As the temperatures warm up in some parts of the country (OK, Atlanteans, I know you just got socked with half a foot of snow yesterday), weeds in the landscape may be the first to signal its time to garden again. Garden centers are starting to bring their best spring flowers out and dead-looking plants in your landscape are starting to shoot out some green buds. A quick way to get a little bit of gardening done while temperatures warm up a bit more is to fix up one of your landscape’s flower beds. You know that mass of brown material by your mailbox or front door; that’s what I’m going to help you fix up.
These Pelargoniums have damage from too many sub-freezing nights. New growth can be seen emerging from the center of the plant. Image by Gardenipedia.
STEP 1: CLEAN-UP YOUR ACT
The first step is to clean up the garden bed. Remove any weeds that may already have emerged, throw out any rocks you see lying around (unless you want them there), clean-up debris, and use your trusty pruning shears
to remove all dead growth from plants. But hold on! If you see any green on any of the “dead” growth you’re cutting, you may just be pruning dormant branches so be careful. It is vital that you clean up all the dead growth as this can harbor diseases and insects that may affect the new, green growth emerging from plants.
The Pelargonium cleaned up. Notice I left the dead leaves in there. They will eventually break down and add much needed organic matter into the soil. Image by Gardenipedia.com
STEP 2: ADDING THE GOOD STUFF.
Whenever I work in a garden bed; whether its cleaning up or adding a plant or something else, I like to take the opportunity to add compost to the area. You can add compost that you made yourself or go to your local garden center and buy the stuff in bags. If your flowers all died in winter, till the compost into the soil to a depth of about one to two feet. This will give a good growing medium to new plants. If some of your perennials are still ticking, however, you may want to top dress instead, as tilling the compost into the soil is bound to damage the roots of the plants. Compost helps add nutrients to the soil, but more importantly, it helps to give the soil a good structure (I’ll be going into this in a future post).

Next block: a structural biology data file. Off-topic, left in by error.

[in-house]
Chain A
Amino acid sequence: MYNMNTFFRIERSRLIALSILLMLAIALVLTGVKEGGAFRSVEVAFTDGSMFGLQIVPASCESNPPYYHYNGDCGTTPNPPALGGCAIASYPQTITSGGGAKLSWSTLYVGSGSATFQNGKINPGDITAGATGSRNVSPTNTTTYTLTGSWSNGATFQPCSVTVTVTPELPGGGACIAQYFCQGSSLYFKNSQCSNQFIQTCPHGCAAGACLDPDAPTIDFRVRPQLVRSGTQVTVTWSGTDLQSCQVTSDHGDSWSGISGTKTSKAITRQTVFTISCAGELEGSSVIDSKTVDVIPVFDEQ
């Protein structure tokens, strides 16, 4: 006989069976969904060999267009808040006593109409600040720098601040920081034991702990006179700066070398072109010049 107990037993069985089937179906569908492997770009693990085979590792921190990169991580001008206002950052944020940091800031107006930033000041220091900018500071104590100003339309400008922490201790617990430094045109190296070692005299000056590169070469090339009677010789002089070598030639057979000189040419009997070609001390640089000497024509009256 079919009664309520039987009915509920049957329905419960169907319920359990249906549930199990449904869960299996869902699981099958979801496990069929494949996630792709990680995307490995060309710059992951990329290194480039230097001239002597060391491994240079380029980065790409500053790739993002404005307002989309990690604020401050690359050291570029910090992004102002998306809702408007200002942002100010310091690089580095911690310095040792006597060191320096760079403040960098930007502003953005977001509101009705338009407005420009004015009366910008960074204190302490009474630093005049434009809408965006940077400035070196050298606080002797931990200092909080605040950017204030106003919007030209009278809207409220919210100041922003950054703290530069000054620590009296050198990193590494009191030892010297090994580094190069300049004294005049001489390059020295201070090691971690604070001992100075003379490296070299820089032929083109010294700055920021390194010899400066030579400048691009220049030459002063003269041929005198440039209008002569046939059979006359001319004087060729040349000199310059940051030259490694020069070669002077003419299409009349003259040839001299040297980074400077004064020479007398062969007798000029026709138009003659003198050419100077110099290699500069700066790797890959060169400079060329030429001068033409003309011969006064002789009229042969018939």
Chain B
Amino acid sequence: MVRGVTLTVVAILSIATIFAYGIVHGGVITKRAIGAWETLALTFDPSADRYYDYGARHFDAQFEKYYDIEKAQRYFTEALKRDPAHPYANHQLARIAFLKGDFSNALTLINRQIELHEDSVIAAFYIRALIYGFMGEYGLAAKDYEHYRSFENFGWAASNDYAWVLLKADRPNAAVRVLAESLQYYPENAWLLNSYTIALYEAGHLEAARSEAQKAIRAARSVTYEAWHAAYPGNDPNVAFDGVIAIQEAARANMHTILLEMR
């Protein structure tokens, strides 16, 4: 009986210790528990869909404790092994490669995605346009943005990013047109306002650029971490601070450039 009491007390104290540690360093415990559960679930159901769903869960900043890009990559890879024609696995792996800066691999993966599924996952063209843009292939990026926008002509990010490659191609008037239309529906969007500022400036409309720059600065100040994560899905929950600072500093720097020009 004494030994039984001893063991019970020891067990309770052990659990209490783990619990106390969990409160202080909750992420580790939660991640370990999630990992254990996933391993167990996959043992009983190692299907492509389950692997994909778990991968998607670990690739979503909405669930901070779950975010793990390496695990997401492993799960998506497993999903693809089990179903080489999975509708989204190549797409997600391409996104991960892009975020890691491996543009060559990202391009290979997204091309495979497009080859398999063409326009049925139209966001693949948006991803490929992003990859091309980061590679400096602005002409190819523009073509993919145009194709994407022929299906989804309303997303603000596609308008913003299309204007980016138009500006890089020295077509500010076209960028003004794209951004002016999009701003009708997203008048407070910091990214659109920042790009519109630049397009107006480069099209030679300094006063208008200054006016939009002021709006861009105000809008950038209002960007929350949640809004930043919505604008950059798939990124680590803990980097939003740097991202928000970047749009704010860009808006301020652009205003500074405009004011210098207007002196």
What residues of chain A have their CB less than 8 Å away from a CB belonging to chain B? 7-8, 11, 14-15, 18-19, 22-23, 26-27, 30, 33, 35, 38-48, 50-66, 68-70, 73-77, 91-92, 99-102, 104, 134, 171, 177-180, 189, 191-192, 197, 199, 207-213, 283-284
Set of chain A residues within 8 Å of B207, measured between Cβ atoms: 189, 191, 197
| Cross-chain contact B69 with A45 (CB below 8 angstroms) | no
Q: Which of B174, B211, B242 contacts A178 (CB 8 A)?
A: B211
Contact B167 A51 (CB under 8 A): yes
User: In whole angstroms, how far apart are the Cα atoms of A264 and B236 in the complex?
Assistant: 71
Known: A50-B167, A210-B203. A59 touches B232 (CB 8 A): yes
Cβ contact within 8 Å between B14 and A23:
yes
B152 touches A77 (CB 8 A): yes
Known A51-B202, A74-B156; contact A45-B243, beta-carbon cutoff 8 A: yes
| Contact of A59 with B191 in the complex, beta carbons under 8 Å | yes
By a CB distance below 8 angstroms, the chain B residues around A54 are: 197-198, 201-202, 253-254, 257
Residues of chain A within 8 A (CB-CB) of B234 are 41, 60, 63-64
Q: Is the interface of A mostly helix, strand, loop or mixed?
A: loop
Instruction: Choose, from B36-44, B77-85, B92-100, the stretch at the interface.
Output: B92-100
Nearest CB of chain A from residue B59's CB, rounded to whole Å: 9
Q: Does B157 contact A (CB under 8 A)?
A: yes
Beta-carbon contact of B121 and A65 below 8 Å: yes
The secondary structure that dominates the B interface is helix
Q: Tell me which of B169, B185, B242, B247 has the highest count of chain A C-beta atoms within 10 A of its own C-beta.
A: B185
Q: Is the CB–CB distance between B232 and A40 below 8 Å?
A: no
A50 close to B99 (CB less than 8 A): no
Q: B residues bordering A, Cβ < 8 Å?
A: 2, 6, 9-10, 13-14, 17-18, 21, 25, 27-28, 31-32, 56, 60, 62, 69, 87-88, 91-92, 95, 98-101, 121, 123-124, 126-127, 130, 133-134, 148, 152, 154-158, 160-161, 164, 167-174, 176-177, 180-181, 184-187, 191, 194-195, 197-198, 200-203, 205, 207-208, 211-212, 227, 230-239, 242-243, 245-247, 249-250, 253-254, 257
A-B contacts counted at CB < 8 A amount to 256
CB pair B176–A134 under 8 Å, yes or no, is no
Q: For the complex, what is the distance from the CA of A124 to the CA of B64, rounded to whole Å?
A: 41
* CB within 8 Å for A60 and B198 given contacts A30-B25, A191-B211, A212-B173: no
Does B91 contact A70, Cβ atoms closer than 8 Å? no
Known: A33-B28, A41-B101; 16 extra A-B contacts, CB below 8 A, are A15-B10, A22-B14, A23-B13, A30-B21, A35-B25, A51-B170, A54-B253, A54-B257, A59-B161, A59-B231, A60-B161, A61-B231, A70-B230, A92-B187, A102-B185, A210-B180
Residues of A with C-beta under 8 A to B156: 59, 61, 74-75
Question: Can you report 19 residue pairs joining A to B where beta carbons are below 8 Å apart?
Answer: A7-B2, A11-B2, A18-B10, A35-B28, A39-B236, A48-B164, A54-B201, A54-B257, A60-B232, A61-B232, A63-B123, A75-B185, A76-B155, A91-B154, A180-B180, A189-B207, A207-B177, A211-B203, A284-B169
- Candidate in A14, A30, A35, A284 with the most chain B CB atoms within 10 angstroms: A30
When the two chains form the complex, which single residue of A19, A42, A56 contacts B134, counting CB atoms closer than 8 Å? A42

The flower bed with a compost top-dressing. Make sure not to cover new growth as this may suffocate the crown of the plant, killing it. Image by Gardenipedia.com
STEP 3: INDULGE IN A LITTLE SHOPPING SPREE.
This is the time to add the new flowers. If you’re doing this when it is still cold outside, make sure that the plants you choose can withstand the wide temperature fluctuations of late-winter and early-spring. I won’t be going into planting specifics in this post as each plant has its own requirements, but you can ask your local garden center for help when you buy the plants. If your flower bed still has last year’s survivors and they are coming along slowly, you can still indulge in a little shopping by giving them some companions in the new year (assuming that there is still space in the garden bed, you don’t want to suffocate the plants). The new companions will give a little show while last years plants come back to full force.
I added Osteospermum to the garden bed to grow in some of the bigger gaps between some of last year's Pelargonium. Make sure not to harm the roots of the established plants. Image by Gardenipedia.com
STEP 4: MUCLH AWAY
Add landscape mulch to your beds for a clean look, to help retain moisture in the ground, to add nutrients over time to the ground, and to to control weeds. Try to stay away from synthetic mulches, such as rubber, as it does not offer much nutritional benefits to plants. Also, stay away from mulches like Cypress mulch which are made from slow growing trees, pick mulches from tree farms or fast growing tree varieties. A 1-2″ layer of mulch is generally good. Be carefull not to suffocate new growth under the mulch. After your finish muclhing clean up your tools, put yard trash away, and enjoy your refurbished landscape bed. They should look like winter was never here.
The finished mailbox flower bed. The Pelargoniums, still barely visible in between newer plants, will take over the show in a month or two. Image by Gardenipedia.com
If you have any questions, please feel free to ask in the comments.